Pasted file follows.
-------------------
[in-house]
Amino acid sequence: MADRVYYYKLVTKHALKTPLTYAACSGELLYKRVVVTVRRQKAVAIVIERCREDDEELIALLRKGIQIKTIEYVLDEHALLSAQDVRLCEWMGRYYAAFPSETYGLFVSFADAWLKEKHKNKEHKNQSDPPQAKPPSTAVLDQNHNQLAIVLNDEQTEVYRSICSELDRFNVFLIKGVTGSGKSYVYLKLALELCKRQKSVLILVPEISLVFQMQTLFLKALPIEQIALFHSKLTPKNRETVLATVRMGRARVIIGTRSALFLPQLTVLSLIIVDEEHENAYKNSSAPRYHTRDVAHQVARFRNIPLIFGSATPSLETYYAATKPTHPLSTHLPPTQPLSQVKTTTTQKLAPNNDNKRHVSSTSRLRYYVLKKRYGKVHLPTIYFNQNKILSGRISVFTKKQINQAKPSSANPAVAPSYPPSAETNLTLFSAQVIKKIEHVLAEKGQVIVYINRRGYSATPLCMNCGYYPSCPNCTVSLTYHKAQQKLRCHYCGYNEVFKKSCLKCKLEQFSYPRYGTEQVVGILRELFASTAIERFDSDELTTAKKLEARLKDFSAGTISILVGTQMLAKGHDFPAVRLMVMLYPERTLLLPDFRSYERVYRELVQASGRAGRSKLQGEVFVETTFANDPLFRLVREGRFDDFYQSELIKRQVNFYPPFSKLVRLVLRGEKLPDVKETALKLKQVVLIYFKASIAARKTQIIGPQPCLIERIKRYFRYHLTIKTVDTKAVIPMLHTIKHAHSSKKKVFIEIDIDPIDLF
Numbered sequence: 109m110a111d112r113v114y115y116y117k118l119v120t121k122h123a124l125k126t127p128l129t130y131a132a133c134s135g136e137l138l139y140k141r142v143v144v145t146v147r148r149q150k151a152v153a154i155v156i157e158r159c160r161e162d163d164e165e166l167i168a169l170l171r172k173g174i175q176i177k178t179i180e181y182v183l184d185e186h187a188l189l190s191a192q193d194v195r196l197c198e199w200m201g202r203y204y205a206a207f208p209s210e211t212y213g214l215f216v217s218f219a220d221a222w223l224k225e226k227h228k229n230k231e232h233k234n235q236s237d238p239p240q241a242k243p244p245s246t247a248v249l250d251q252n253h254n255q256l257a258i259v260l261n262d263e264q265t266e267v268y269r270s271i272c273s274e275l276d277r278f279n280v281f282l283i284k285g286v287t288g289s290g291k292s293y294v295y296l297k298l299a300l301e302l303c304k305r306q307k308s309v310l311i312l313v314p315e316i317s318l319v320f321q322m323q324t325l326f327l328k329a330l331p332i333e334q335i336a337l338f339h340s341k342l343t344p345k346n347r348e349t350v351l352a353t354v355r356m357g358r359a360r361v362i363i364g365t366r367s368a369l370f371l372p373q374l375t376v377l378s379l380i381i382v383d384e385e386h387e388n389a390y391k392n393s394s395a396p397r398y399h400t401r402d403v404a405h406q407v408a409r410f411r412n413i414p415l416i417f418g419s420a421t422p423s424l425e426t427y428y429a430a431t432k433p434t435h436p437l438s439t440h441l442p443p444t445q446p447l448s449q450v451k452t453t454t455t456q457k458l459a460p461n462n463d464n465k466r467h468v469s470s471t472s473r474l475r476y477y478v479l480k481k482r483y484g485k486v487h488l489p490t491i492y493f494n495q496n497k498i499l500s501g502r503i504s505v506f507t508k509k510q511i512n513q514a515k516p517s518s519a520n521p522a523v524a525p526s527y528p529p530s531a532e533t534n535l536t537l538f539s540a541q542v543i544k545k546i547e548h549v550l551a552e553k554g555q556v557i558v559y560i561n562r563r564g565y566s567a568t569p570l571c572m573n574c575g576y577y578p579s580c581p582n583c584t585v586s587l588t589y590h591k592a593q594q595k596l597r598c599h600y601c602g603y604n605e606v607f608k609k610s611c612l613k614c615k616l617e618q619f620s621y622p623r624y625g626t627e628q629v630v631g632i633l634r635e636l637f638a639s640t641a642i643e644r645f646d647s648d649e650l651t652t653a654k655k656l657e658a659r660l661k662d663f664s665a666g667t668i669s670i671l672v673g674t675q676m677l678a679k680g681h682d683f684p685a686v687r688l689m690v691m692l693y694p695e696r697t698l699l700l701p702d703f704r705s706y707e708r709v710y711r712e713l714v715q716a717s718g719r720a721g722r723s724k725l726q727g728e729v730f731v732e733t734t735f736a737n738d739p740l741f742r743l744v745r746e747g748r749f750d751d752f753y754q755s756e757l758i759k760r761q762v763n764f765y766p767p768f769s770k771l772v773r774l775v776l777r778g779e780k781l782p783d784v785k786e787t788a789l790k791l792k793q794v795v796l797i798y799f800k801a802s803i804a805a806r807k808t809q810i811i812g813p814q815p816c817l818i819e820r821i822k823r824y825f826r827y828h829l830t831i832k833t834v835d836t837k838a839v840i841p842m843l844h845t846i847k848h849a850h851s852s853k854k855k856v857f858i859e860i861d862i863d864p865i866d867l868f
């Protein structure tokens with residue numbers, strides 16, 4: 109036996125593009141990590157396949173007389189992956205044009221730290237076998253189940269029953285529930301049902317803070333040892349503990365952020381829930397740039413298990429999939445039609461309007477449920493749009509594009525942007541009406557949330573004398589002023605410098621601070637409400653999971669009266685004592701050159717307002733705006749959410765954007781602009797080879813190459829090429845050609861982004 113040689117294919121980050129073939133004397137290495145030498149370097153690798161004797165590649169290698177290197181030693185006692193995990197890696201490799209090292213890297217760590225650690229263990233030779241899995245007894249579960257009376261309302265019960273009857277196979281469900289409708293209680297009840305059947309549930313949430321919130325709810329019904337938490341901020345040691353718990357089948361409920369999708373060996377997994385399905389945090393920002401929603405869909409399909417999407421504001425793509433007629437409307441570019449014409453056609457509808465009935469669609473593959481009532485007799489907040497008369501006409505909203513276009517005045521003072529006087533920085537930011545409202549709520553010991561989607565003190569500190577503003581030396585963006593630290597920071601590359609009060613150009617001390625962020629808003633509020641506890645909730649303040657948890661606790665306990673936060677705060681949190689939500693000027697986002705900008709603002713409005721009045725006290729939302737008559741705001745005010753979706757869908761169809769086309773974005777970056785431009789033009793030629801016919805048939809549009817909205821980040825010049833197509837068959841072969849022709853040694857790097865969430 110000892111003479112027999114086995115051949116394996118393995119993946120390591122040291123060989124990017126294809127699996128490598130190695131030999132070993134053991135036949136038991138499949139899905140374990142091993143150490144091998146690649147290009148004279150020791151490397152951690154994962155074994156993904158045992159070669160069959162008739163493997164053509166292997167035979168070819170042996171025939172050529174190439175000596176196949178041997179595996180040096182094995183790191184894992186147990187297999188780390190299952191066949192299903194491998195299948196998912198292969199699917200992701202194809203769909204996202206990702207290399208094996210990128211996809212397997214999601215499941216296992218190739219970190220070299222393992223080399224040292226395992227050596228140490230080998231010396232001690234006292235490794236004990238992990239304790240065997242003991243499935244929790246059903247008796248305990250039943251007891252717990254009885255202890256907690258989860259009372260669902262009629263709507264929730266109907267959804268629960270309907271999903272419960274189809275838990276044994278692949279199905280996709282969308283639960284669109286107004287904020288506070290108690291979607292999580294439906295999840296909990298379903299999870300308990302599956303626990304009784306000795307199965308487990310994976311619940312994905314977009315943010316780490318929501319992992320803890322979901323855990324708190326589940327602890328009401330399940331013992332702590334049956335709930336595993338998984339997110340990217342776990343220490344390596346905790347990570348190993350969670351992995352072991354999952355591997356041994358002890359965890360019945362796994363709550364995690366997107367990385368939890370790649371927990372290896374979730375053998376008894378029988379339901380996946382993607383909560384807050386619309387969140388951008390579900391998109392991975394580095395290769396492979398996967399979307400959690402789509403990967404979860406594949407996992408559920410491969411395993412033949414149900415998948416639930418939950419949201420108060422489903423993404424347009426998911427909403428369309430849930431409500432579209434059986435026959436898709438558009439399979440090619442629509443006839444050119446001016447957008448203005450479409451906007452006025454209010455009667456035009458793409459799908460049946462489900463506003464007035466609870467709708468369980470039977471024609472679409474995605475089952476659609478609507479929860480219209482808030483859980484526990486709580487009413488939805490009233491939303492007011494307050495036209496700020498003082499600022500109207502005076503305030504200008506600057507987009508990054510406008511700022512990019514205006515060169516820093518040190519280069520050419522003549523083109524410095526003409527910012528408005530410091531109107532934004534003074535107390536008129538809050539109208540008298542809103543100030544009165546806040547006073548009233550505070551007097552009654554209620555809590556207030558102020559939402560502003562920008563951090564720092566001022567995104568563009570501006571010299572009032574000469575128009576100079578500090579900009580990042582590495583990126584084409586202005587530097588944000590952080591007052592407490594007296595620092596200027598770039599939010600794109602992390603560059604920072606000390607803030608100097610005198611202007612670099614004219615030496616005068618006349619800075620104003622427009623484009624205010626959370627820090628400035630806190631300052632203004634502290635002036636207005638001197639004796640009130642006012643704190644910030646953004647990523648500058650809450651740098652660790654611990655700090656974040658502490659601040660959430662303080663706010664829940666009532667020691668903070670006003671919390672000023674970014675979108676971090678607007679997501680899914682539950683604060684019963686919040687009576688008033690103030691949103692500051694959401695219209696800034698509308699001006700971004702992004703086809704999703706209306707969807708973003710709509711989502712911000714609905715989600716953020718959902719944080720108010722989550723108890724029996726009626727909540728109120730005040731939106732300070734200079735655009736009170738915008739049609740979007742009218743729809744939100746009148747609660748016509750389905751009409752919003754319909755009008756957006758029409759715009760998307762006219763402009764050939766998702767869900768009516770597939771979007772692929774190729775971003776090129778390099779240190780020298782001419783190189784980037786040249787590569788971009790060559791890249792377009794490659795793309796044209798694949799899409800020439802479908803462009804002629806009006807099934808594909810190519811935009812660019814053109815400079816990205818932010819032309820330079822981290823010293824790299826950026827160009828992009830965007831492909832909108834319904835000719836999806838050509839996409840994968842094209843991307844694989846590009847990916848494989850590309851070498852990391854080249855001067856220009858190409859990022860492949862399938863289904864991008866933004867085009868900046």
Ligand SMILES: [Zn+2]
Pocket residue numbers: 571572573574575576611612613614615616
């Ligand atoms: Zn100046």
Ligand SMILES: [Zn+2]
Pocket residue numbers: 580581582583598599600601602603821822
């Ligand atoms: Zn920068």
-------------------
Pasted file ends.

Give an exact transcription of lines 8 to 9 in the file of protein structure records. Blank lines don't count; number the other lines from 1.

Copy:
Ligand SMILES: [Zn+2]
Pocket residue numbers: 580581582583598599600601602603821822